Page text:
For a few years the operations of the company were confined to fishing voyages and a little traffic with the natives. Their prospects brightened by the first successful voyage of Captain Smith, but were again darkened by subsequent misfortunes. The company had indignantly dismissed Hunt from their service on hearing of his conduct, and when they found Squanto had escaped from Spain and made his way to England, they sought him out, loaded him with presents, and sent him to New England with Captain Dermer to pacify the natives. But they were still too indignant to listen, and they attacked and dangerously wounded Dermer and several of his party. The company now abandoned all thoughts of establishing colonies in New England at that time, and looked forward to receiving large profits by the fisheries and by traffic. The London Company had by its second charter obtained new territory. The Plymouth Company desired to secure greater privileges by a distinct and separate grant, by which they might have the monopoly of the fisheries on the New England coast. The London Company and private traders warmly opposed them, for they wished to keep these fisheries free; but they obtained a charter from the King, Nov. 3, 1620, known as the " Great Patent," and the popular name of the association was changed to " The Council of Plymouth."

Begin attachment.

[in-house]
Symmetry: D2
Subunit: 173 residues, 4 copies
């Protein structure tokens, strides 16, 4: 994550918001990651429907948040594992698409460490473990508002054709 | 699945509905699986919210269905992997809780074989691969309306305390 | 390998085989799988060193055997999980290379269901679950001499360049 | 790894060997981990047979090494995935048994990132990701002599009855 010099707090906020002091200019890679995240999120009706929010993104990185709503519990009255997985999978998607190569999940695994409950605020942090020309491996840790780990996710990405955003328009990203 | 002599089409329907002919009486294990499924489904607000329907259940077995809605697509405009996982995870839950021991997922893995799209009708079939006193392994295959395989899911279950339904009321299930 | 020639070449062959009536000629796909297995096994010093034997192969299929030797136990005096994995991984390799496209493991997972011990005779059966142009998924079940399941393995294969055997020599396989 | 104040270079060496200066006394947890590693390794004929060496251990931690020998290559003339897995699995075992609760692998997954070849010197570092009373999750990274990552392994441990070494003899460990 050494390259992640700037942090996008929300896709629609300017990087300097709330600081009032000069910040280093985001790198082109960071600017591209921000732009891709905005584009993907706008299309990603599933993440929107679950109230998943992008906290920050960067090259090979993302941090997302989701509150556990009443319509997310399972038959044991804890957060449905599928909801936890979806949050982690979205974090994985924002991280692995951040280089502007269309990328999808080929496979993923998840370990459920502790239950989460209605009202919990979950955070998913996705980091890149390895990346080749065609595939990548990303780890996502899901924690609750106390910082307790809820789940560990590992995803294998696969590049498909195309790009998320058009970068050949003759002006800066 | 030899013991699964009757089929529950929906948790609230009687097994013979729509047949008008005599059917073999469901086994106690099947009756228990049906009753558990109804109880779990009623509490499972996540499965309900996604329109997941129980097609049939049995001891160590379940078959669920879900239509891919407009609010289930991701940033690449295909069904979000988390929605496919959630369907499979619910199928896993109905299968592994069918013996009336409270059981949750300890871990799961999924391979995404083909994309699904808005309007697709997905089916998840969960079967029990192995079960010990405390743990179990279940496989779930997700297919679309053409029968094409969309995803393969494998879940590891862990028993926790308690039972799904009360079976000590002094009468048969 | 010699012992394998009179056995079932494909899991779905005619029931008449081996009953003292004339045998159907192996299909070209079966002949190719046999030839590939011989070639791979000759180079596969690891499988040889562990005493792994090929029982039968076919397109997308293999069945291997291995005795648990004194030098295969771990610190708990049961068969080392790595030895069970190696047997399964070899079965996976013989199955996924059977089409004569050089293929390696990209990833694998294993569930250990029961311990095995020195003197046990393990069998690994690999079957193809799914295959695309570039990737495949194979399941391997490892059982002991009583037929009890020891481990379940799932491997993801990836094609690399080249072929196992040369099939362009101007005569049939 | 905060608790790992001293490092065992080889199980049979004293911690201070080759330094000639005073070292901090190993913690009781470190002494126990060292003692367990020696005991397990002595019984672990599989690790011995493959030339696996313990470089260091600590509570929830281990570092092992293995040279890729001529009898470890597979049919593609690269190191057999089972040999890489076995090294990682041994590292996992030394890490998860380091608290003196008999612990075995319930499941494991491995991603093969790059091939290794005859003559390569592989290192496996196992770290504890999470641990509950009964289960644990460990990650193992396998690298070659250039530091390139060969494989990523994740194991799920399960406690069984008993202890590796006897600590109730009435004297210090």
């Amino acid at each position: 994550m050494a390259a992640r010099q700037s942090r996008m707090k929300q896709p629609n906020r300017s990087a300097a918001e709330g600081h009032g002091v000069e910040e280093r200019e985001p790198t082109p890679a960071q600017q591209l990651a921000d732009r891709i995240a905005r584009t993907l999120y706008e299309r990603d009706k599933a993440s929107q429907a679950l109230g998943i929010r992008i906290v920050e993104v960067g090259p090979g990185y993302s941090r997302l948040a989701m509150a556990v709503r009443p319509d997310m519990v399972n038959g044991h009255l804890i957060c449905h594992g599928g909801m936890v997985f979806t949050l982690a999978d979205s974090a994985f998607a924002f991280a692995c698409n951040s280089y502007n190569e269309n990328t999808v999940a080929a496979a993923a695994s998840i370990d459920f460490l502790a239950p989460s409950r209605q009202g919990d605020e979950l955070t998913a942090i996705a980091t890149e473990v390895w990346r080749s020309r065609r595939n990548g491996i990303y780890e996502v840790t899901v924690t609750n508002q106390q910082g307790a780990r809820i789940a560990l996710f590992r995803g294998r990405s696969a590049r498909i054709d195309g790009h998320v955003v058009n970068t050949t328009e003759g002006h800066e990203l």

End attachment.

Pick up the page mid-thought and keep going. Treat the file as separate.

By the new charter all North America, from lat. 40 to 48 N., excepting places possessed by " any Christian prince or people," was granted in full property, with exclusive rights of jurisdiction, settlement, and traffic, to forty wealthy and influential persons, incorporated as "The Council established at Plymouth, in the County of Devon, for the Planting, Ruling, Ordering, and Governing of New England, in America." The line between the London and Plymouth colonies was nearly coincident with that between the late slave-labor and free-labor States. But that powerful organization was not permitted to make the first permanent English settlement within its domain; it was done by a handful of feeble liberty-loving people fleeing from persecution in England (The Pilgrims). The pretences of the council to an exclusive right of fishing on the New England coast were denounced in the House of Commons (1621), soon after the granting of the charter, as a "grievance," and a committee reported that the charter was vitiated by the clause in it which forfeited the ships of intruders without the sanction of Parliament.